Fig. 2 Archaeal histones form a continuous superhelical ramp.

(A) Archaeal (HMfB)2 dimers and eukaryotic core-histone heterodimers polymerize through the assembly of 4HBs involving the C termini of α2 and α3 of the HF. Although the symmetric (HMfB)2 dimers can continue to polymerize, forming a protein fiber with consecutive, identical 4HB bundles (oval and inset), the asymmetry of eukaryotic core-histone dimers prevents continued polymerization at the site marked by the red X. (B) Nine (HMfB)2 dimers are shown forming a continuous protein superhelix via 4HB interactions, with groups of three consecutive dimers shown in pink, teal, and tan. Modeling confirmed that the superhelix can also be formed by (HMfA)2 homodimers and by HMfA-HMfB heterodimers. The arrow shows the location of the G16-G16 interaction (L1L1). (C) An octamer of archaeal HFs superimposes closely with the eukaryotic histone octamer (tan) in the nucleosome. Helices are shown as tubes with the archaeal histones colored magenta and cyan. (D) Archaeal HMfB octamer (top panel) and eukaryotic histone octamer (bottom panel) differ in their charge distribution, with a more positively charged helical ramp on the surface of the histone core (the basic histone tails are excluded for clarity). Electrostatic surfaces are calculated in the CCP4mg program and displayed from –0.5 V (red) to 0.5 V (blue). The DNA backbone is shown as a line. (E) DNA (shown in space-filling mode) wrapped around the HMfB superhelix shown in the same orientation as in (B). Inset shows a close-up view of the annealed 2-nt 5′ extensions. One supergroove is indicated by two arrows. (F) Superposition of 120 bp of DNA organized by four (HMfB)2 HFDs with 146-bp nucleosomal DNA, shown in three orthogonal orientations; the top two orientations are identical to the orientations shown in (C). Two supergrooves (minor and major) are indicated by arrows.

In the crystal lattice, DNA wraps around the HMfB protein assembly in a quasi-continuous superhelix, through annealing of the 2–nucleotide (nt) 5′ overhangs (Fig. 2E). The geometry, diameter, pitch, and writhe of this superhelix, and the spacing between gyres, strongly resemble the nucleosomal DNA arrangement (Fig. 2F). Consequently, the alignment of DNA grooves (80 bp apart on linear DNA) across two gyres of DNA, termed nucleosomal “supergrooves” (13), is also conserved (arrows in Fig. 2E). The ability of archaeal histones to form polymers was also validated in solution by using (HMfB)2 dimers and (HTkA)2 dimers of histone A from Thermococcus kodakarensis, confirming that this arrangement is not a crystallographic artifact (fig. S3 and table S2). Both (HMfB)2 and (HTkA)2 form complexes that protect 60-, 90-, 120-, 150-, and 180-bp fragments from micrococcal nuclease (MNase) digestion (fig. S3A), consistent with previous reports (8, 14, 15, 16). Ultracentrifugation further confirmed that the complexes formed on 147- and 207-bp DNA molecules contain the predicted number of archaeal histone dimers needed to saturate these DNAs (fig. S3B and table S2). By contrast, the polymerization of eukaryotic histone dimers is limited by their asymmetry to an octamer (Fig. 2A, right panel). Notably, the interactions within the archaeal superhelix do not resemble any of the nucleosome-nucleosome stacking interactions reported so far [reviewed in (17); see also (18, 19)].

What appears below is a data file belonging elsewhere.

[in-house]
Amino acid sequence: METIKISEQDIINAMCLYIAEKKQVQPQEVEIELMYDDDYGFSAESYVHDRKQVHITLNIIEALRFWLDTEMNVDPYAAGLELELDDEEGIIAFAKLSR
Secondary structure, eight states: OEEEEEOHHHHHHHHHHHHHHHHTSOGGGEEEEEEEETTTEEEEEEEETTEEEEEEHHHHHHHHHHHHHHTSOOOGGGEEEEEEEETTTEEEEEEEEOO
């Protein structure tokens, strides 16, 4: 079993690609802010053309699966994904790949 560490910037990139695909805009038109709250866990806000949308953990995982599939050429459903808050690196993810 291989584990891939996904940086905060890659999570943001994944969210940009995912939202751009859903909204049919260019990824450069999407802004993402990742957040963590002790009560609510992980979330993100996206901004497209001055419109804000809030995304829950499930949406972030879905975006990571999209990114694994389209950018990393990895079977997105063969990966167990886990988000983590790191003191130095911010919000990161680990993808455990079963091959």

To investigate if the extended polymerization has functional importance, we sought to destabilize the superhelix in vivo without compromising the DNA-binding ability of the archaeal histone. Apart from the 4HBs, the only region of close contact between the adjacent layers of the archaeal histone polymer is where the L1 loops of dimers 1 and 4 meet (arrow in Fig. 2B and fig. S4A), a position almost always occupied by a glycine (G16 in HMfB, G17 in HTkA; fig. S1B). To determine if the absence of a side chain facilitates this close packing, we generated T. kodakarensis strains isogenic except for G17 substitutions in HTkA, the single histone present and essential for T. kodakarensis strain TS600 viability [(18, 20); fig. S5]. Cells with wild-type HTkA, transferred from a sulfur (S°)–containing to a S°-free medium (pyruvate), restart growth after ~4 hours, during which time they reprogram gene expression [Fig. 3A; (21)]. The otherwise isogenic strains with HTkA G17H, G17D, G17N, G17L, or G17S also grew normally in S° but took longer to restart growth when transferred to medium lacking S°, and some also grew slower (Fig. 3A and table S3) (H, histidine; N, asparagine; L, leucine; S, serine). Given the delayed response to nutrient change, we investigated transcription of the media-dependent membrane-bound hydrogenase (MBH)–encoding operon (comprising genes TK2080 to TK2093). As previously established (21), transcription of this operon was elevated in T. kodakarensis TS600 with wild-type HTkA when grown in the absence of S°, but this was not the case for TS621, the strain with HTkA G17L (Fig. 3B), indicating a deregulated transcriptional program.

Fig. 3 Disturbance of layer interfaces affects chromatin structure, gene transcription, and growth of T. kodakarensis.